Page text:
Auckland will go down to Level 2 while the rest of New Zealand will be on Level 1.
A further decision will be taken next Friday if Auckland will drop to Level 1 for the weekend starting Saturday March 13.
America’s Cup Event Ltd has announced that the highly anticipated Race 1 of the 36th America’s Cup Match will start shortly after 4 pm (NZT) on Wednesday 10th March after the Government announced a reduction in alert levels today.
Under COVID-19 Alert Level 2 or 1, the race schedule will remain as planned with two races per day – Wednesday 10th, Friday 12th, Saturday 13th, Sunday 14th, Monday 15th and each day after that. The current schedule has racing every day until either the Defender Emirates Team New Zealand or the Challenger Luna Rossa Prada Pirelli reaches 7 wins.
Racing under Level 2 will be restricted to only be sailed on either Race Course A or E.
(Under COVID-19 Alert Level 1 all courses will become an option to race on for the Regatta Director again.)
Under Level 2, the bars, cafés and restaurants and other retail outlets within the America’s Cup Race Village will open, and operate within Ministry of Health guidelines. Entertainment, LIVE racing on the Big Screens, and activations are unable to operate until we move back into Level 1.
A more elegant approach is to start the regatta on March 13 under the original schedule with days off and spanning two weekends with the Match concluding on Sunday March 21, and if not being sailed out on a daily basis from Monday March 22.
The latter arrangement would make the Match less prone to becoming a dead rubber due to capsize or collision incurring major damage. It would require sign-off between the Challenger and Defender as to the change in dates, which clearly hasn’t happened.
If the Match does finish in a 7-0 or 7-1 result, and ends on Sunday March 14, it will equal the shortest multi-challenger America’s Cup since 1980 being a five day regatta, the same as Fremantle in 1987 which was a best of seven series. The 36th Match in Auckland is a best of 13 series.
After lockdowns in New Zealand and prolonged challenger series, the 36th America’s Cup is finally set to start on Wednesday, March 10.
And for Team New Zealand’s Australian-born Glenn Ashby, it’s an opportunity to record a new chapter in an incredible career on the water.
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A 17-time world champion, Olympic silver medallist and now two-time America’s Cup winner, including as skipper of the victorious 2017 Team New Zealand yacht, Ashby has already had a storied career.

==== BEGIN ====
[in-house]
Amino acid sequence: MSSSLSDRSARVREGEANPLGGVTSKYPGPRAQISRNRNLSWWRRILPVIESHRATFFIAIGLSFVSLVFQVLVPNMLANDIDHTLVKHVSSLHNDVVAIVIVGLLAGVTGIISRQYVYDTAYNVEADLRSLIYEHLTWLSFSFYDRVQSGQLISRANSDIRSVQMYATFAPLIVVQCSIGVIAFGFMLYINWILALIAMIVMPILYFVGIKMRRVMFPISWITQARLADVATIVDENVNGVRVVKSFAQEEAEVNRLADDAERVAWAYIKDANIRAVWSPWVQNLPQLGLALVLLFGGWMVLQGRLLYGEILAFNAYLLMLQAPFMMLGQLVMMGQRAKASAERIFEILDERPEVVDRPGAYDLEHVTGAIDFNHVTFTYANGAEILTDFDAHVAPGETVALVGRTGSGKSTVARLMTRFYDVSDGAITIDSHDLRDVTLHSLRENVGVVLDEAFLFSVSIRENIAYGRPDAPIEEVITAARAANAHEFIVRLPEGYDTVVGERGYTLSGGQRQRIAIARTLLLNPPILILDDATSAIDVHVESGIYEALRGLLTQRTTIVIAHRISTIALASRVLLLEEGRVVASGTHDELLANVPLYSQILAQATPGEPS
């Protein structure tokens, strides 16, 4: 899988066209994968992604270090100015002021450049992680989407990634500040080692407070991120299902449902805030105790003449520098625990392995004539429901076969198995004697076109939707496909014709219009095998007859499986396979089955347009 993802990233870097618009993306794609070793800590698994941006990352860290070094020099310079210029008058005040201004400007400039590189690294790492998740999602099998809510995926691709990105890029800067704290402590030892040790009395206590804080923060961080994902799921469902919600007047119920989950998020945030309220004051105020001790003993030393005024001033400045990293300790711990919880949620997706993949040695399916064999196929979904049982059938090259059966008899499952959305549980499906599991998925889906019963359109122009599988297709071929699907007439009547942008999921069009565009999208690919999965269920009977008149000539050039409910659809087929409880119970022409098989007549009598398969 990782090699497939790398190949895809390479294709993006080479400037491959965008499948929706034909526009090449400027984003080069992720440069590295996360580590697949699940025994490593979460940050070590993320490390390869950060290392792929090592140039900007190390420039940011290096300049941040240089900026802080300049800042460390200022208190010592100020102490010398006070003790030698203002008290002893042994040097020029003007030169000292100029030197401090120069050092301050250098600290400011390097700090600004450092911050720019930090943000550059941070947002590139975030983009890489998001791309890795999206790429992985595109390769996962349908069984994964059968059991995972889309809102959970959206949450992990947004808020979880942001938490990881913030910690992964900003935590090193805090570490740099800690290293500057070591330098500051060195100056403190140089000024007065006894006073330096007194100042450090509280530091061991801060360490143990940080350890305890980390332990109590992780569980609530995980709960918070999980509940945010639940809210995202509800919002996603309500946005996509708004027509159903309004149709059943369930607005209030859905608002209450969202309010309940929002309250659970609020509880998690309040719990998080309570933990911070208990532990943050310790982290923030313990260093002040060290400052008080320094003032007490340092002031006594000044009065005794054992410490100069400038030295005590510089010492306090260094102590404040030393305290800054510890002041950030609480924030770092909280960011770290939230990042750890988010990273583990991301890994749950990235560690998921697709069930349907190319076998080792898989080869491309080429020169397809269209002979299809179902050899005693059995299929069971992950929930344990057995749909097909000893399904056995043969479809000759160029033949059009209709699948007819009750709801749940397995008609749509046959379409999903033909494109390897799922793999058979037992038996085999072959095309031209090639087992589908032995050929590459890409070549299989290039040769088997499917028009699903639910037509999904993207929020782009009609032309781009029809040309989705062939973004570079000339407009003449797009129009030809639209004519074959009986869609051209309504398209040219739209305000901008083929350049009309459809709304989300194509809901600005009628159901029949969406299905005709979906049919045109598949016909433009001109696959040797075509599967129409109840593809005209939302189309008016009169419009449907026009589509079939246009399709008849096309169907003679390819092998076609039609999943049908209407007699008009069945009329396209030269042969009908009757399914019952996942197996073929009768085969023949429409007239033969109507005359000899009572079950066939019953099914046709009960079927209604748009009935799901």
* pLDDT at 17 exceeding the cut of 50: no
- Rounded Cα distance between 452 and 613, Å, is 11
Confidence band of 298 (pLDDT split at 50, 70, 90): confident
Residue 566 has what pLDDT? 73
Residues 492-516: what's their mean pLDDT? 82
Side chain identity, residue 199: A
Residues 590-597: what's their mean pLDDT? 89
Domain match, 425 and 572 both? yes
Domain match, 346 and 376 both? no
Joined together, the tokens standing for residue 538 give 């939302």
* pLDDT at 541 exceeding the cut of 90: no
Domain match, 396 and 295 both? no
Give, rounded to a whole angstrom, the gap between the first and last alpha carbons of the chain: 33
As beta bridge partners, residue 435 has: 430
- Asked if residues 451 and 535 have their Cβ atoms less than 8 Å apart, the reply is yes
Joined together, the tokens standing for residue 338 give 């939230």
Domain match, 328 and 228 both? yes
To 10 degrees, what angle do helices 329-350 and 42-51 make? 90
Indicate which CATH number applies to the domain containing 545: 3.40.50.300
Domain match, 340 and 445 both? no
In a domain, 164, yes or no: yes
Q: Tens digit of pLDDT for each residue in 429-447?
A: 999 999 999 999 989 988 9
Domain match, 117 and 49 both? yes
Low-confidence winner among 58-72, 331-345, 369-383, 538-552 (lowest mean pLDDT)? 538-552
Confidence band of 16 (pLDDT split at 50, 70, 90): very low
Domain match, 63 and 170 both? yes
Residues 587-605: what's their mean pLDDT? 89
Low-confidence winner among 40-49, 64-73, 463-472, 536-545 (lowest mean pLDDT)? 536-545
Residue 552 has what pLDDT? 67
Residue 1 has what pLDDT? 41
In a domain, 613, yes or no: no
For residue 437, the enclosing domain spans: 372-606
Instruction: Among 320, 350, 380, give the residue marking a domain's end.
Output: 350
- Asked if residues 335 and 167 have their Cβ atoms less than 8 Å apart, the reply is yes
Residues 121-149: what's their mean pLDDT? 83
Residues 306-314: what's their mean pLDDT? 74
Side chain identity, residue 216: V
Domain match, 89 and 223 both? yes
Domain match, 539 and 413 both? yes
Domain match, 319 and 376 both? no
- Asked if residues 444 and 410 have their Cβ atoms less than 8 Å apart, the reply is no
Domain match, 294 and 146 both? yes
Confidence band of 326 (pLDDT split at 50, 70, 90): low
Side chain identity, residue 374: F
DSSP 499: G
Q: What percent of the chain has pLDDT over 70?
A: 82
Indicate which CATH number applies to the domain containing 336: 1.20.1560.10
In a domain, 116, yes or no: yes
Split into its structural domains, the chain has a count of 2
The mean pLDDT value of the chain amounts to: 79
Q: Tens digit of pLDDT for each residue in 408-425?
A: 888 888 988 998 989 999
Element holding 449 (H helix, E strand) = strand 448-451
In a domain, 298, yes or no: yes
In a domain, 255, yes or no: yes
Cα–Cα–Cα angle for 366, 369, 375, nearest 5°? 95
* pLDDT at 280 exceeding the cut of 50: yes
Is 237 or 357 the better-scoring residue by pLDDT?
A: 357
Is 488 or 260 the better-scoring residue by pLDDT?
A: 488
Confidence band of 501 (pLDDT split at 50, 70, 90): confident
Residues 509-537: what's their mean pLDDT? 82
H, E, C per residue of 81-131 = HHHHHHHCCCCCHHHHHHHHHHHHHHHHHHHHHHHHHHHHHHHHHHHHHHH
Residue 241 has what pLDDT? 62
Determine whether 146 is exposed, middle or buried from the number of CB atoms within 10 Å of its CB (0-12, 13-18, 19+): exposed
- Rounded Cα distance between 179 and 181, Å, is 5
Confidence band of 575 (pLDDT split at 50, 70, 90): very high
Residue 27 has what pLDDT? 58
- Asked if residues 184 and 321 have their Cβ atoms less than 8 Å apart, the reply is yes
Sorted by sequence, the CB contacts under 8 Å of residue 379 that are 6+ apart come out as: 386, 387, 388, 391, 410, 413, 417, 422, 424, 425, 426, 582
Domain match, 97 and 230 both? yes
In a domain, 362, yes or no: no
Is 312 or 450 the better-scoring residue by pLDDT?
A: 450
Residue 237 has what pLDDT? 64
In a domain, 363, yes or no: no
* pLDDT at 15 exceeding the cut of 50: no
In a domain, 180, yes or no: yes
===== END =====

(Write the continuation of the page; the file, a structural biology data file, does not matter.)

Born in Bendigo in Central Victoria, Ashby has become one of Australia’s greatest sailing success stories – and now New Zealand claim him as their own.
As an America’s Cup winning skipper, he was awarded the New Zealand Order of Merit for his services to sailing.
Having been working with Team New Zealand for the last 11 years based in Auckland, Ashby appears to be a man embraced by two nations.
“It’s certainly nice to be recognised over in New Zealand as an honorary Kiwi, I guess,” he told news.com.au.
“This has very much been our home for a vast majority of certainly our kids’ life times. We’ve spent most of their lives here growing up so we very much love it over here. But we miss Australia as well and really do enjoying being back there to see family and friends.
“Culturally, Australia and New Zealand are both very similar and we’ll keep an open plan about what the future may hold.”
While one of the iconic moments of Australia’s sporting history is the 1983 America’s Cup victory and the indelible quote from former PM Bob Hawke that “Any boss who sacks anyone for not turning up today is a bum”, New Zealand’s record in the famous race is far superior to Australia.
New Zealand have won the title three times, including defending the 1995 win in the year 2000, as well as falling short as the challenger three more times in the past 32 events.
An Australian team has not been sighted since 1987, when the US won back the America’s Cup.
While a race between Team New Zealand and Italy’s Luna Rossa may seem to have little interest for Australia, Ashby is one of two of Australia’s finest sailors in the event with two-time America’s Cup winner, multiple world champion and two-time Sydney to Hobart Champion Jimmy Spithill racing for Luna Rossa as a helmsman.